## Clustering with selected Principal Components

In the Visualizing Principal Components post, I looked at the Principal Components of the companies in the Dow Jones Industrial Average index over 2012. Today, I want to show how we can use Principal Components to create Clusters (i.e. form groups of similar companies based on their distance from each other)

Let’s start by loading the historical prices for the the companies in the Dow Jones Industrial Average index that we saved in the Visualizing Principal Components post.

############################################################################### # Load Systematic Investor Toolbox (SIT) # https://systematicinvestor.wordpress.com/systematic-investor-toolbox/ ############################################################################### setInternet2(TRUE) con = gzcon(url('http://www.systematicportfolio.com/sit.gz', 'rb')) source(con) close(con) #***************************************************************** # Load historical data #****************************************************************** load.packages('quantmod') # load data saved in the bt.pca.test() function load(file='bt.pca.test.Rdata') #***************************************************************** # Principal component analysis (PCA), for interesting discussion # http://machine-master.blogspot.ca/2012/08/pca-or-polluting-your-clever-analysis.html #****************************************************************** prices = data$prices ret = prices / mlag(prices) - 1 p = princomp(na.omit(ret)) loadings = p$loadings[] x = loadings[,1] y = loadings[,2] z = loadings[,3]

To create Clusters, I will use the hierarchical cluster analysis, hclust function, in stats package. The first argument in the hclust function is the distance (dissimilarity) matrix. To compute distance matrix, let’s take the first 2 principal components and compute the Euclidean distance between each company:

#***************************************************************** # Create clusters #****************************************************************** # create and plot clusters based on the first and second principal components hc = hclust(dist(cbind(x,y)), method = 'ward') plot(hc, axes=F,xlab='', ylab='',sub ='', main='Comp 1/2') rect.hclust(hc, k=3, border='red')

Similarly we can use the first three principal components:

# create and plot clusters based on the first, second, and third principal components hc = hclust(dist(cbind(x,y,z)), method = 'ward') plot(hc, axes=F,xlab='', ylab='',sub ='', main='Comp 1/2/3') rect.hclust(hc, k=3, border='red')

Another option is to use the Correlation matrix as a proxy for a distance matrix:

# create and plot clusters based on the correlation among companies hc = hclust(as.dist(1-cor(na.omit(ret))), method = 'ward') plot(hc, axes=F,xlab='', ylab='',sub ='', main='Correlation') rect.hclust(hc, k=3, border='red')

Please note that Clusters will be quite different, depending on the distance matrix you use.

To view the complete source code for this example, please have a look at the bt.clustering.test() function in bt.test.r at github.

## Visualizing Principal Components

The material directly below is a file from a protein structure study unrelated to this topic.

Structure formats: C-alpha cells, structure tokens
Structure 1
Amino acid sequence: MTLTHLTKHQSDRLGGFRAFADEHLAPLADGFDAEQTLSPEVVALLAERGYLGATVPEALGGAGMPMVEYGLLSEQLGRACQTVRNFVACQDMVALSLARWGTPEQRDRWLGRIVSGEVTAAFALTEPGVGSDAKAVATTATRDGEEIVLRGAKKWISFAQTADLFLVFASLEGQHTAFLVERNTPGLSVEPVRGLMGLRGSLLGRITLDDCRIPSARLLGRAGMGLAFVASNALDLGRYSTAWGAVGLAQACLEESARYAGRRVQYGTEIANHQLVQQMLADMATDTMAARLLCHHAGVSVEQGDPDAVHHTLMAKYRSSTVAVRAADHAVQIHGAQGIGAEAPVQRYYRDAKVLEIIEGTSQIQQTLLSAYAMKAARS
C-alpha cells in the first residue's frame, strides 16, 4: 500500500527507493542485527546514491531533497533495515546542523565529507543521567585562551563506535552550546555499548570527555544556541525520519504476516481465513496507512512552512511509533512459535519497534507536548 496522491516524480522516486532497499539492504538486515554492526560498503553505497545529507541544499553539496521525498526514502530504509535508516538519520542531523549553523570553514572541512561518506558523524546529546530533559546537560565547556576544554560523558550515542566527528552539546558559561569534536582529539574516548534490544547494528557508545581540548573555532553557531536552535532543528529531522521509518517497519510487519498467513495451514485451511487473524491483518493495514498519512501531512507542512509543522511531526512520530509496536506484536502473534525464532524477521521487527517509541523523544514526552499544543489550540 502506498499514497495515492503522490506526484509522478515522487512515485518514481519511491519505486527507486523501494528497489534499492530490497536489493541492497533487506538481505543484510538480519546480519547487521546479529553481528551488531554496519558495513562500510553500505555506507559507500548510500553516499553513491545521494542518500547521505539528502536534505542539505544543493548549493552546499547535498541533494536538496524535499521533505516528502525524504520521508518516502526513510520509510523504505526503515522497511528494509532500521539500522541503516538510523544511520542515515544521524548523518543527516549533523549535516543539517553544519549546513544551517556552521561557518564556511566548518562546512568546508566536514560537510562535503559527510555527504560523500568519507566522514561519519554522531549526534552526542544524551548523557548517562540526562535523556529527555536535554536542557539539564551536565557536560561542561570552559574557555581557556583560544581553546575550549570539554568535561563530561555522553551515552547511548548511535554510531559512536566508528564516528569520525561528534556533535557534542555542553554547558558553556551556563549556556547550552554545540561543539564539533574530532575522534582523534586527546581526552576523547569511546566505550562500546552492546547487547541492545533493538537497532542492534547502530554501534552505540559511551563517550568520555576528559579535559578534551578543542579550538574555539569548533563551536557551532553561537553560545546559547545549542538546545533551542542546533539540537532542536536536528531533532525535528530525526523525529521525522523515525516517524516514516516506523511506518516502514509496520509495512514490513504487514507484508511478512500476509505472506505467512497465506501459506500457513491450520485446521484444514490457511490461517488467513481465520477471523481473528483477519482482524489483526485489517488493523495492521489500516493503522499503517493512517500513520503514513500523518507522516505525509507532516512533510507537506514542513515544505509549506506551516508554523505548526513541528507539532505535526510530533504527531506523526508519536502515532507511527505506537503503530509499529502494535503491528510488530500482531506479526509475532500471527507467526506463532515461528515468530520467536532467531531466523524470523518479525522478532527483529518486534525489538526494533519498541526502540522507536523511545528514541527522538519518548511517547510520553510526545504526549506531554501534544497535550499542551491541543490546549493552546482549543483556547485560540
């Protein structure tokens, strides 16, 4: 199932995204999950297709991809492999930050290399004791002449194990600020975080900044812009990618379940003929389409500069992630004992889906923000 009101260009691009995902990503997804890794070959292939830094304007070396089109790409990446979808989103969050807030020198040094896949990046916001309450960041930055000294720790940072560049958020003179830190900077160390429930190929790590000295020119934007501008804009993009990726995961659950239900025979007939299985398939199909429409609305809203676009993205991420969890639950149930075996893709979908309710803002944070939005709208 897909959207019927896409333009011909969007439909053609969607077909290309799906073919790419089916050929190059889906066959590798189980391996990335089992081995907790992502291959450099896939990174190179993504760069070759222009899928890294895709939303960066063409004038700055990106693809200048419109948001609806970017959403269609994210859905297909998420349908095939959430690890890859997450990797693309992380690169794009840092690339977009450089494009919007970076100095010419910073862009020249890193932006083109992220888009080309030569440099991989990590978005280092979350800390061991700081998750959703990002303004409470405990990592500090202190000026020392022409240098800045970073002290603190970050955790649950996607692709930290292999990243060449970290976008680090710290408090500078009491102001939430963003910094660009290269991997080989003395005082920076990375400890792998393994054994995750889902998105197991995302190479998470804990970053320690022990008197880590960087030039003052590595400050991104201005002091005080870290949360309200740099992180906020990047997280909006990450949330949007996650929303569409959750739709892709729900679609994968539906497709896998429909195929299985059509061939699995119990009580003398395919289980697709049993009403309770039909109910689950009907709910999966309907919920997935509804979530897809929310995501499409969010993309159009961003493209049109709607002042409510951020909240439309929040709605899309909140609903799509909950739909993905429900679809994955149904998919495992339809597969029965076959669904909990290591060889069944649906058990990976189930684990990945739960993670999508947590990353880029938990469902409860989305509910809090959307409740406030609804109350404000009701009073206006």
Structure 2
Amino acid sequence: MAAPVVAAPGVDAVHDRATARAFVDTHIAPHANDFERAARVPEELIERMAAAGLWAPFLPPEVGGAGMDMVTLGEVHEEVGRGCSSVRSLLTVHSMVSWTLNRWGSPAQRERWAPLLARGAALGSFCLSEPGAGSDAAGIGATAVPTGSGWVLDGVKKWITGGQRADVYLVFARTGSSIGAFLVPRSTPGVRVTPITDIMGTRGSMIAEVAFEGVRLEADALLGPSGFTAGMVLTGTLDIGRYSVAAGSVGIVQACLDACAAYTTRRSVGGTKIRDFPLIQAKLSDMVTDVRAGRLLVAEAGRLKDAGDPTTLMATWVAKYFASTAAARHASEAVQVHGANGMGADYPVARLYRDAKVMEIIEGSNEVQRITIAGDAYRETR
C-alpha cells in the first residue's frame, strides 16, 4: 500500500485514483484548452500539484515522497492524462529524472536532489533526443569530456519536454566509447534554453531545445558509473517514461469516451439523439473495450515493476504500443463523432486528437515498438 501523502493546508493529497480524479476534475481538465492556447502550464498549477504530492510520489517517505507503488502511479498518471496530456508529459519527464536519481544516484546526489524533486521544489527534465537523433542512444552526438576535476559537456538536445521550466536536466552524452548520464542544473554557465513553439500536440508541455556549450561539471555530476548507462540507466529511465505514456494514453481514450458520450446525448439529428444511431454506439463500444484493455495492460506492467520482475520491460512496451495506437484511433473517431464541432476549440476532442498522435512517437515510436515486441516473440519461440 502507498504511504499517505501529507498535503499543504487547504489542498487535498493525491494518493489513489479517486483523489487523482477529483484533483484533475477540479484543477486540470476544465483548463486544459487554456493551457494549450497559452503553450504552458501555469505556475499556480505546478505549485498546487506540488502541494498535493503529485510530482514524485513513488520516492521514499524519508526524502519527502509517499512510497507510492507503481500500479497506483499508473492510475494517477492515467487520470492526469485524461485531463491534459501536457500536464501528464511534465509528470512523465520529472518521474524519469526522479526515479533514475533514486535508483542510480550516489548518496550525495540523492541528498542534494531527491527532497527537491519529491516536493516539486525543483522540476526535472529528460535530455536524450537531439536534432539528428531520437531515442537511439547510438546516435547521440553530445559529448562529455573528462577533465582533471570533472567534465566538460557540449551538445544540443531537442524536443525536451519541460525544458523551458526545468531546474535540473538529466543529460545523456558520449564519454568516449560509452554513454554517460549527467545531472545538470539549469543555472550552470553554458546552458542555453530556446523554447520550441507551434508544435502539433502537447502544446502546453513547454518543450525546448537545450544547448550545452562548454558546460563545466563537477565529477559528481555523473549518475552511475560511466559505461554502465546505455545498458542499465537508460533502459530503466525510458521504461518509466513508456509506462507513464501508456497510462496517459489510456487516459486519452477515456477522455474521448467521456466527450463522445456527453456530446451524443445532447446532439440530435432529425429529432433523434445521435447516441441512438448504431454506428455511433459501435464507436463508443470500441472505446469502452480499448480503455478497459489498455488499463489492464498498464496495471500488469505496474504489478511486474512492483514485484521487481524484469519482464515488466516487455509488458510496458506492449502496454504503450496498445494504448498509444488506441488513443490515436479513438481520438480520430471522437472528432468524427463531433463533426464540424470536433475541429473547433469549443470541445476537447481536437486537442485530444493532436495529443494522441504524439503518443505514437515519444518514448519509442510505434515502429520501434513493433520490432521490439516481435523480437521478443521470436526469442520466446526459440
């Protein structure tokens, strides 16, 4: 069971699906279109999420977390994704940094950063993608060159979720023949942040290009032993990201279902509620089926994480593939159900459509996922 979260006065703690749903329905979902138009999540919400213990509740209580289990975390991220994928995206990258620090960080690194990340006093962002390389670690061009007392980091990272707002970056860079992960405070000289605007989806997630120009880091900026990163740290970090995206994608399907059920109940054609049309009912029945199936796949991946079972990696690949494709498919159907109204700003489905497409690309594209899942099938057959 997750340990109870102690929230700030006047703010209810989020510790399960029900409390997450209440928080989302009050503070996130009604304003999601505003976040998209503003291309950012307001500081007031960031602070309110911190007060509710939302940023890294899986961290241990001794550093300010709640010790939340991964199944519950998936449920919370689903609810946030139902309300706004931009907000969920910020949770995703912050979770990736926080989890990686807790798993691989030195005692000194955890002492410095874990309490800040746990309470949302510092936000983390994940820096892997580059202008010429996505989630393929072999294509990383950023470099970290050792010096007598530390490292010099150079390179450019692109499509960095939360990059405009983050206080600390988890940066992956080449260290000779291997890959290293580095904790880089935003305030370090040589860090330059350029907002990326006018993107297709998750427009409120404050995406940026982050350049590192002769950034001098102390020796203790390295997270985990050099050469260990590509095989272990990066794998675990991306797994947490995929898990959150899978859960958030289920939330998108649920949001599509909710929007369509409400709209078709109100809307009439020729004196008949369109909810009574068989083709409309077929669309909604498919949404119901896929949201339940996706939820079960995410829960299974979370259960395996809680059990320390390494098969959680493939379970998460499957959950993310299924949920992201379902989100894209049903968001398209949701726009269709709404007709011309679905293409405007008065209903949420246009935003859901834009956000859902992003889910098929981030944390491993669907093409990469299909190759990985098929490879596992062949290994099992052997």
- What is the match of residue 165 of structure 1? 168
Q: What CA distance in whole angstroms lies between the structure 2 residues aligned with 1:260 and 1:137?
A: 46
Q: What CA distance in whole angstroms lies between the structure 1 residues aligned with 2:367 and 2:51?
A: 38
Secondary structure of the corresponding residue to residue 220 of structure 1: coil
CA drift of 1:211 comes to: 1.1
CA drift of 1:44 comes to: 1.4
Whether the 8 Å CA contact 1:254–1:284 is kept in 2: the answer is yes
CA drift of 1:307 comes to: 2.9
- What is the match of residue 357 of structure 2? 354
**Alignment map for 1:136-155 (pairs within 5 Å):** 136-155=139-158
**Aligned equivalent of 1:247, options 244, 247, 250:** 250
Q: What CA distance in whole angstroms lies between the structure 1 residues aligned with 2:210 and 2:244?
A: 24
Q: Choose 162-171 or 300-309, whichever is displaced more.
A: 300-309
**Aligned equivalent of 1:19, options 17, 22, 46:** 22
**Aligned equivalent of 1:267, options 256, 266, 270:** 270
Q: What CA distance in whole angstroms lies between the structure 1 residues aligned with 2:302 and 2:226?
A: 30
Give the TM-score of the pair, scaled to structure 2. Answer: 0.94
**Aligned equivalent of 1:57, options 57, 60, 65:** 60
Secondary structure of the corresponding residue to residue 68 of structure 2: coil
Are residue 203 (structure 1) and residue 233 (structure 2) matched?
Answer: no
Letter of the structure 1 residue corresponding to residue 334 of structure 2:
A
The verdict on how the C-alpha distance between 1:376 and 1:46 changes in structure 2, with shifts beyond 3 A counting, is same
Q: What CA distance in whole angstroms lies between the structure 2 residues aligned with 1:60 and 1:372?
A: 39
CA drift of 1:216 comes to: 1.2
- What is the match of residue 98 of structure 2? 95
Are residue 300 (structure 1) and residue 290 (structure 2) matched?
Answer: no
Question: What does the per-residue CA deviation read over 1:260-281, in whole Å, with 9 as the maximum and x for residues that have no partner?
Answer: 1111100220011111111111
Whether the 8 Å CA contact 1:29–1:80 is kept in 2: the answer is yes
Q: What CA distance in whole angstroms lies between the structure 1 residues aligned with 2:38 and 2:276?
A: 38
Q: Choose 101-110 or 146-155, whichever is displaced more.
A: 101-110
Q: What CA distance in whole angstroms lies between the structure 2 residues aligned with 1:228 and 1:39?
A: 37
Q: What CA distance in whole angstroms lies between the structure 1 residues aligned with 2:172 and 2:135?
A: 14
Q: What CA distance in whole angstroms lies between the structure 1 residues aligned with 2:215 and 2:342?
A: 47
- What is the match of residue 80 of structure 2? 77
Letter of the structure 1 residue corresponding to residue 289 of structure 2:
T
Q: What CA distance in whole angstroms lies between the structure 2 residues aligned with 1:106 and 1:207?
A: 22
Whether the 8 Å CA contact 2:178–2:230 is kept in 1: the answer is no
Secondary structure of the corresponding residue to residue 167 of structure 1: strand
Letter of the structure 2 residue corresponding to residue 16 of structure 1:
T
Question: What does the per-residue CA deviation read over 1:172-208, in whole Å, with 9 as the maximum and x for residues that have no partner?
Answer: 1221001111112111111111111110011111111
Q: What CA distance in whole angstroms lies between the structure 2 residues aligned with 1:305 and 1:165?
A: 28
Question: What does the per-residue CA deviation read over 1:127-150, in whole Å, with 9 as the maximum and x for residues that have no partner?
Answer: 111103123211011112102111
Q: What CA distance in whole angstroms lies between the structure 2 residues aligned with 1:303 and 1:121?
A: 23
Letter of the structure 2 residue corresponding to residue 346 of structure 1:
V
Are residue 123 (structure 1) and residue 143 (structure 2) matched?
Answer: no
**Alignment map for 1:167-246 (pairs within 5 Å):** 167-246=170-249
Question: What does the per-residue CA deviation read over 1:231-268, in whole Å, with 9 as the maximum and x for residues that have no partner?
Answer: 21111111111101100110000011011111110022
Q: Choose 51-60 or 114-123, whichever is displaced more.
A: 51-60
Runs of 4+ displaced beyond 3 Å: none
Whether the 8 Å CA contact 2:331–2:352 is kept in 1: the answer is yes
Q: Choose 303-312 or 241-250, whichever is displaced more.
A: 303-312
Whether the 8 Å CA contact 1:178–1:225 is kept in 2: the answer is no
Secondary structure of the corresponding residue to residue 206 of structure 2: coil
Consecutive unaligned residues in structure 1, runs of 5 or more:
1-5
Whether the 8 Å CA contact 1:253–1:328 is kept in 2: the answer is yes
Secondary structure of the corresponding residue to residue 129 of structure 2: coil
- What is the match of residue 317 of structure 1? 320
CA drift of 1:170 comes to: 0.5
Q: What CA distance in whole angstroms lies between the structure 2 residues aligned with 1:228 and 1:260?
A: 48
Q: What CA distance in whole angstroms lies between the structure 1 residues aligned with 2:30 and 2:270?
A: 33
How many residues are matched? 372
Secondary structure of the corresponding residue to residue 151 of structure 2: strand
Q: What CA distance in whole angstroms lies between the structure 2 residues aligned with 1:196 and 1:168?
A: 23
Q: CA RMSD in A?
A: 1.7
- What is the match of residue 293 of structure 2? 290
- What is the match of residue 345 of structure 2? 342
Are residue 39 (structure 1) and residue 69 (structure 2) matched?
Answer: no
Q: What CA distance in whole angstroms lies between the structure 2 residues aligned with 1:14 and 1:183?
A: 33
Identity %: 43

Principal Component Analysis (PCA) is a procedure that converts observations into linearly uncorrelated variables called principal components (Wikipedia). The PCA is a useful descriptive tool to examine your data. Today I will show how to find and visualize Principal Components.

Let’s look at the components of the Dow Jones Industrial Average index over 2012. First, I will download the historical prices and sector infromation for all components of the Dow Jones Industrial Average index.

############################################################################### # Load Systematic Investor Toolbox (SIT) # https://systematicinvestor.wordpress.com/systematic-investor-toolbox/ ############################################################################### setInternet2(TRUE) con = gzcon(url('http://www.systematicportfolio.com/sit.gz', 'rb')) source(con) close(con) #***************************************************************** # Find Sectors for each company in DOW 30 #****************************************************************** tickers = spl('XLY,XLP,XLE,XLF,XLV,XLI,XLB,XLK,XLU') tickers.desc = spl('ConsumerCyclicals,ConsumerStaples,Energy,Financials,HealthCare,Industrials,Materials,Technology,Utilities') sector.map = c() for(i in 1:len(tickers)) { sector.map = rbind(sector.map, cbind(sector.spdr.components(tickers[i]), tickers.desc[i]) ) } colnames(sector.map) = spl('ticker,sector') #***************************************************************** # Load historical data #****************************************************************** load.packages('quantmod') tickers = dow.jones.components() sectors = factor(sector.map[ match(tickers, sector.map[,'ticker']), 'sector']) names(sectors) = tickers data <- new.env() getSymbols(tickers, src = 'yahoo', from = '2000-01-01', env = data, auto.assign = T) for(i in ls(data)) data[[i]] = adjustOHLC(data[[i]], use.Adjusted=T) bt.prep(data, align='keep.all', dates='2012') # re-order sectors, because bt.prep can change the order of tickers sectors = sectors[data$symbolnames] # save data for later examples save(data, tickers, sectors, file='bt.pca.test.Rdata')

Next, let’s run the Principal Component Analysis (PCA) on the companies returns during 2012 and plot percentage of variance explained for each principal component.

#***************************************************************** # Principal component analysis (PCA), for interesting discussion # http://machine-master.blogspot.ca/2012/08/pca-or-polluting-your-clever-analysis.html #****************************************************************** prices = data$prices ret = prices / mlag(prices) - 1 p = princomp(na.omit(ret)) loadings = p$loadings[] p.variance.explained = p$sdev^2 / sum(p$sdev^2) # plot percentage of variance explained for each principal component barplot(100*p.variance.explained, las=2, xlab='', ylab='% Variance Explained')